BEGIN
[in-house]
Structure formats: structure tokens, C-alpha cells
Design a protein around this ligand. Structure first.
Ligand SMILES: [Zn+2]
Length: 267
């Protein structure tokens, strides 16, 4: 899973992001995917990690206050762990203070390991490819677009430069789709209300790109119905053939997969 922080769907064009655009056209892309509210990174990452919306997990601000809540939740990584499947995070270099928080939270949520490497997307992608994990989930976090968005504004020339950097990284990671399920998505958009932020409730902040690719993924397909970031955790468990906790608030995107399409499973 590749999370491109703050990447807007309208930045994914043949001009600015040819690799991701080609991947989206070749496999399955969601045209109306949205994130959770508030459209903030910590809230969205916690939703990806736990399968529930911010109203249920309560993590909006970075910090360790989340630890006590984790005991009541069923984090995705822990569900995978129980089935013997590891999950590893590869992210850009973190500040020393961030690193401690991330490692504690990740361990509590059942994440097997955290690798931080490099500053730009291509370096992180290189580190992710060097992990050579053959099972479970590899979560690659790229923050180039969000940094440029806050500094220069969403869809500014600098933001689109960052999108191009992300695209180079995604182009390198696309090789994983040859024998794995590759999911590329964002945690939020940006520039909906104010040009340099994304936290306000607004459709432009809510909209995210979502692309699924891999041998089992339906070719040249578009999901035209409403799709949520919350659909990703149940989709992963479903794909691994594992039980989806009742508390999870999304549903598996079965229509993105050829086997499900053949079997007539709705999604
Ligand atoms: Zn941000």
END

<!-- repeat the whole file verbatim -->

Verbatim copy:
[in-house]
Structure formats: structure tokens, C-alpha cells
Design a protein around this ligand. Structure first.
Ligand SMILES: [Zn+2]
Length: 267
């Protein structure tokens, strides 16, 4: 899973992001995917990690206050762990203070390991490819677009430069789709209300790109119905053939997969 922080769907064009655009056209892309509210990174990452919306997990601000809540939740990584499947995070270099928080939270949520490497997307992608994990989930976090968005504004020339950097990284990671399920998505958009932020409730902040690719993924397909970031955790468990906790608030995107399409499973 590749999370491109703050990447807007309208930045994914043949001009600015040819690799991701080609991947989206070749496999399955969601045209109306949205994130959770508030459209903030910590809230969205916690939703990806736990399968529930911010109203249920309560993590909006970075910090360790989340630890006590984790005991009541069923984090995705822990569900995978129980089935013997590891999950590893590869992210850009973190500040020393961030690193401690991330490692504690990740361990509590059942994440097997955290690798931080490099500053730009291509370096992180290189580190992710060097992990050579053959099972479970590899979560690659790229923050180039969000940094440029806050500094220069969403869809500014600098933001689109960052999108191009992300695209180079995604182009390198696309090789994983040859024998794995590759999911590329964002945690939020940006520039909906104010040009340099994304936290306000607004459709432009809510909209995210979502692309699924891999041998089992339906070719040249578009999901035209409403799709949520919350659909990703149940989709992963479903794909691994594992039980989806009742508390999870999304549903598996079965229509993105050829086997499900053949079997007539709705999604
Ligand atoms: Zn941000």